Robin Southwell’s decision to depart from his position as President of Airbus UK after ten years in the role will have come as a great shock to the many of us that have known, respected and worked with him through his long and successful career in the UK aerospace and defence industry.
Southwell will leave Airbus early next month on an absolute high and at a time that the European aerospace and defence company has probably never been in such a strong position than now. During his time at Airbus UK, Southwell will have witnessed huge changes and he can justifiably claim not only to have overseen the massive expansion of demand at the Airbus wings facility in Flintshire, but also for managing the huge investment that has taken place to ensure that the UK could maintain the position as centre of excellence for all Airbus wing manufacturing.
In announcing his departure at the end of this month it is not only Airbus that is losing a champion it is the rest of the UK aerospace and defence industry as well. That Robin Southwell was different from the rest and that he was always prepared to speak his mind can hardly be argued. Political correctness was not necessarily to be considered his speciality but saying what needed to be said and getting the job done certainly was. His deep seated belief in Britain and the vociferous approach he took in challenging government to ensure that the UK should see the sense and necessity of maintaining strong design engineering capability, required skills and to understand the importance of having sovereign manufacturing capability has in my view stood him apart from a great many peers.
As some of you will know I had the pleasure of working closely with Robin Southwell for one of the two years he spent as President of the aerospace, defence and security industry trade association, ADS. While we may not have always agreed I can say that I have rarely if ever met anyone quite so dedicated to the importance of the UK maintaining sufficient design and engineering skills and manufacturing ability for both commercial and military aircraft. Indeed, I am hard pressed to remember anyone else over the past ten years that has worked so hard to further the UK aerospace and defence industry than Robin Southwell.
In this day and age there are in my view too few industry leaders that are prepared to speak their mind and stand up not only for the industry as a whole but for engineering, manufacturing and also for their people. Southwell has done that in abundance, and while his style and approach was not to everyone’s liking, he will be remembered in this industry for the manner in which he challenged, for the manner in which he took on government, for the way he has fought and stood up for his industry and also for his inability to suffer fools.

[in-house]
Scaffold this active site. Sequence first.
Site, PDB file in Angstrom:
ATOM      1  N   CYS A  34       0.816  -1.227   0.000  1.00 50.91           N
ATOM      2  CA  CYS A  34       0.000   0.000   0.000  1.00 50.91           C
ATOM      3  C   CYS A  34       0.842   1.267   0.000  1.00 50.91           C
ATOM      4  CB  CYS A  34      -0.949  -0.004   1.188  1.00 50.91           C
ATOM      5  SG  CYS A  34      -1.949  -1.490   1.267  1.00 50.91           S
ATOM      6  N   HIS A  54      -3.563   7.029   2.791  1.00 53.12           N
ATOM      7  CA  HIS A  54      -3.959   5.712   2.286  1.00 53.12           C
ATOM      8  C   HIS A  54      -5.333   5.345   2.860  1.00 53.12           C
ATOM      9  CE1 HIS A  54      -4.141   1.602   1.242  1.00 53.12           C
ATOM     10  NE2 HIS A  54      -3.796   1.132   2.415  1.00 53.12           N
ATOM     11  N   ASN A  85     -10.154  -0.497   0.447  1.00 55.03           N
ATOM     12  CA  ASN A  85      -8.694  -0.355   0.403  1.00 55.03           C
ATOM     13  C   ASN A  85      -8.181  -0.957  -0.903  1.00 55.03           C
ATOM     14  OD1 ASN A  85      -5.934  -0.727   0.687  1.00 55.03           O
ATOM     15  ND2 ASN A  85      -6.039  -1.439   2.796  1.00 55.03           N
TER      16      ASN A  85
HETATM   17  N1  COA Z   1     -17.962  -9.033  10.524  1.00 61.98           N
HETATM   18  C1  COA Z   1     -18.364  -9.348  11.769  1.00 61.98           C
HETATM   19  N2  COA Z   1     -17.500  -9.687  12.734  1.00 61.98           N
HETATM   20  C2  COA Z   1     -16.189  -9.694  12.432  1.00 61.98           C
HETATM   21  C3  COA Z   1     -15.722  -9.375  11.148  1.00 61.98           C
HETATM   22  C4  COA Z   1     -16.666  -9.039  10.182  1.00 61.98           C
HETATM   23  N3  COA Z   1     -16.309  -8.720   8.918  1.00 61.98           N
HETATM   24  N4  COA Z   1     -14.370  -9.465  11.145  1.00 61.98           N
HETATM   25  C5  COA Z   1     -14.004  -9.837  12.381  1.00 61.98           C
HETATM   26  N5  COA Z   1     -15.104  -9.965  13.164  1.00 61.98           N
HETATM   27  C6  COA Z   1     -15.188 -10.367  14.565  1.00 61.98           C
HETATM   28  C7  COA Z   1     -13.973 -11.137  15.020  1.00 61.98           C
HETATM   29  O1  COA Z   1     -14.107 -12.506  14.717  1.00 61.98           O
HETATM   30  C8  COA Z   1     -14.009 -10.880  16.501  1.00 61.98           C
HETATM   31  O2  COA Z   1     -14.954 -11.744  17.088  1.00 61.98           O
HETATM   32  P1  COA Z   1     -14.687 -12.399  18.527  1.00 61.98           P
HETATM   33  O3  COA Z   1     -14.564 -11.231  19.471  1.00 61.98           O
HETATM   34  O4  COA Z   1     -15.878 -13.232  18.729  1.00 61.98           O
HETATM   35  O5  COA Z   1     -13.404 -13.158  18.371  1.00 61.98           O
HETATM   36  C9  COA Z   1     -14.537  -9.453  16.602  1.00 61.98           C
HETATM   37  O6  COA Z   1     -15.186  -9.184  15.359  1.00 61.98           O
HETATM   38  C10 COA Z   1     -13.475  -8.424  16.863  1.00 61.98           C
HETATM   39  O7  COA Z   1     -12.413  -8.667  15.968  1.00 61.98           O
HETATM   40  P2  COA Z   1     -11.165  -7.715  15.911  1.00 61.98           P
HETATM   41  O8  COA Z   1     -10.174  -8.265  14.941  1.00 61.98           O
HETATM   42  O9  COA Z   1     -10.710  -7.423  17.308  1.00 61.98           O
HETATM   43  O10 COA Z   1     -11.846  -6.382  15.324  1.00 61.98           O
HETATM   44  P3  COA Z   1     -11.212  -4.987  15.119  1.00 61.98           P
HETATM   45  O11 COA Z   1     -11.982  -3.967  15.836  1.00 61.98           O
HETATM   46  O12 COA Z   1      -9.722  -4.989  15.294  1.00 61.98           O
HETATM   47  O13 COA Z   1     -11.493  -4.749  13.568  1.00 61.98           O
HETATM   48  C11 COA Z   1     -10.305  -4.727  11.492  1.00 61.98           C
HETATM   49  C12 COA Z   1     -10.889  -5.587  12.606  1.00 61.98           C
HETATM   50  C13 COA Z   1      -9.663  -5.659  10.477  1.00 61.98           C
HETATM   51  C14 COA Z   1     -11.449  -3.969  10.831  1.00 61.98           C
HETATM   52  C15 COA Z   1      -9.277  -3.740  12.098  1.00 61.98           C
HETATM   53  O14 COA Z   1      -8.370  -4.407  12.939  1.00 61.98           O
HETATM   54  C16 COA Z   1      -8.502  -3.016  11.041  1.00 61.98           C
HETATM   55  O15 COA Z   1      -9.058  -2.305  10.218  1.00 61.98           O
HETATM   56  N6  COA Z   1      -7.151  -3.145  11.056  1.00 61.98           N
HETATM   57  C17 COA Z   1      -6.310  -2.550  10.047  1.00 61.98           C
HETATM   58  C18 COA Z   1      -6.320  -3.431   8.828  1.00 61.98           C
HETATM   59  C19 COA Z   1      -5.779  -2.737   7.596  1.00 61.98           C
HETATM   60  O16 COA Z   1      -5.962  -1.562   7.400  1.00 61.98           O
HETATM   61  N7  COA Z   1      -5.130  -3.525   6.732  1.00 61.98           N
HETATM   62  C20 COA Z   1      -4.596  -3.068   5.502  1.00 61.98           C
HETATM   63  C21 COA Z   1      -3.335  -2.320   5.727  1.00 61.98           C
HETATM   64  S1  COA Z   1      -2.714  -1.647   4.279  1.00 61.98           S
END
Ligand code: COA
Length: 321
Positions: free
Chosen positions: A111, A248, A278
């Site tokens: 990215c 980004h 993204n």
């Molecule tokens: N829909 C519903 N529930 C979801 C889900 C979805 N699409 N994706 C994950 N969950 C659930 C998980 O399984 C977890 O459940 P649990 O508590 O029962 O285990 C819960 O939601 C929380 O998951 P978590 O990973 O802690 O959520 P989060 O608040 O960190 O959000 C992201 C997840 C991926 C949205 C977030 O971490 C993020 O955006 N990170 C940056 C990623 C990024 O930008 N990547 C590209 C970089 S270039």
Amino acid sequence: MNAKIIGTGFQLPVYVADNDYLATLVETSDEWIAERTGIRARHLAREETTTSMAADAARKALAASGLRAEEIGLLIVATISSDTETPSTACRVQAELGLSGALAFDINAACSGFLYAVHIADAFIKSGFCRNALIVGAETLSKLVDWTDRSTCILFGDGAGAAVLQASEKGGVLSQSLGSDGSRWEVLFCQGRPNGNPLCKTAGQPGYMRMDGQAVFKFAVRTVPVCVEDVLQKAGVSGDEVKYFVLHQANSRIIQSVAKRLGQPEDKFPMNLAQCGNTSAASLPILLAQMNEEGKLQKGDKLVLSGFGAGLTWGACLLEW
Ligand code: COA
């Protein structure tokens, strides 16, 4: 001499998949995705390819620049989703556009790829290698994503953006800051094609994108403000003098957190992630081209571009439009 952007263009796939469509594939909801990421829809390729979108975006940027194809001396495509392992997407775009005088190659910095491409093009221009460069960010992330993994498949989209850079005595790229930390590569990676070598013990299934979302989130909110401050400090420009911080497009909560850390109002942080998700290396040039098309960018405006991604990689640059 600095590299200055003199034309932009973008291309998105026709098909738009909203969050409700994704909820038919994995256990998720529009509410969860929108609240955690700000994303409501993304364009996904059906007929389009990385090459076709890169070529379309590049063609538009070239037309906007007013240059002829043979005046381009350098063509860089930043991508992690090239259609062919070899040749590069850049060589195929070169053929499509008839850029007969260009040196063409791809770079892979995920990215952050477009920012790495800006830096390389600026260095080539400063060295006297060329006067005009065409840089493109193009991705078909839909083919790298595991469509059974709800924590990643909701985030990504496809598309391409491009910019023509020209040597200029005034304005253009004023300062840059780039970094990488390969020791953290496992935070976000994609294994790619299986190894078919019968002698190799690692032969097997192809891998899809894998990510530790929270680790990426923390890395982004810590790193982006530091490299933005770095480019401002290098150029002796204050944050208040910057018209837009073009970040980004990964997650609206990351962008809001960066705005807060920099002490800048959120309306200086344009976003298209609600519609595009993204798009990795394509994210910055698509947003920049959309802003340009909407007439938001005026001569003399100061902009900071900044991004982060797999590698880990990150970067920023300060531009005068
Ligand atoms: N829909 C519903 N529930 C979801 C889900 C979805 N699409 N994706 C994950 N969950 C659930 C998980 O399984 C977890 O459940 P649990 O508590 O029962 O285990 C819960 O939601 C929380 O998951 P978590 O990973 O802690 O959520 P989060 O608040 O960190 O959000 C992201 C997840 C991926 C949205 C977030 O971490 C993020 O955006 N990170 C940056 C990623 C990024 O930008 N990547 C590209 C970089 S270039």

Blunt he certainly could be and intolerant of time wasting tactics, bureaucracy and indecision wherever he found it. There is nothing wrong with that and I am in little doubt that Airbus and the industry that he will probably leave behind will be far worse off for not having his skills to champion the cause, to push politicians into realising that maintaining engineering skills and sovereign manufacturing capability is absolutely crucial to the future growth of Britain.
As a UK Business Ambassador appointed by Prime Minister David Cameron, Southwell has worked tirelessly leading and working with UK industry delegations on trip abroad. Southwell has also worked hard over many years in an official capacity as non-executive director of Farnborough International and in pushing forward and developing the airshow that is held every two years. He has been a trustee of the Royal Air Force Museum which, at Hendon and Cosford, houses an important collection of military aircraft and rotary power and which also provides education facilities to ensure the role of air power is well understood.
Robin Southwell will be replaced as President of Airbus UK by Paul Kahn, a chartered engineer and former President and CEO of Thales Canada. With previous experience working in the Ministry of Defence Kahn will have an important job to do to ensure that Airbus UK meets self-set targets. While Robin Southwell and his team have recently overseen Voyager into service with the Royal Air Force it will be Kahn who will oversee the delivery and entry into service of the first A400M for the Royal Air Force next month. That Kahn is an engineer is to be welcomed and that he will I am sure well understand the importance of maintaining the strong legacy he inherits at Airbus in the emphasis of graduate engineering and apprenticeship schemes and ensuring that the UK Airbus operations retain their high level of efficiency and competitiveness.
The news of Robin Southwell’s departure comes just a day after Airbus raised its 20-year total aircraft demand forecast to 31,400 aircraft which is 7% higher than its previous forecast made a year ago. For the record Airbus is forecasting single-aisle aircraft demand at 22,000 units and twin aisle/wide body demand of 9,300 aircraft. Airbus has placed a value of the total number of aircraft demand in its forecast at list prices to be $4.6trillion. Exciting times these certainly are in the international commercial aerospace industry and I am in no doubt that Airbus will rise to the challenges that further growth in demand will bring.
To Robin Southwell I will say thank you for your hard work, your entrepreneurial spirit, for the way that you have stood out from the crowd and been prepared to speak your mind to further the cause of industry and for your natural easy going ability and skills. We wish you well in whatever else you decide to do in the coming years and we hope too that your voice of reason and common sense in standing up for industry will not be completely lost.
CHW (25th September 2014)
Howard Wheeldon FRAeS
Tel: 07710 779785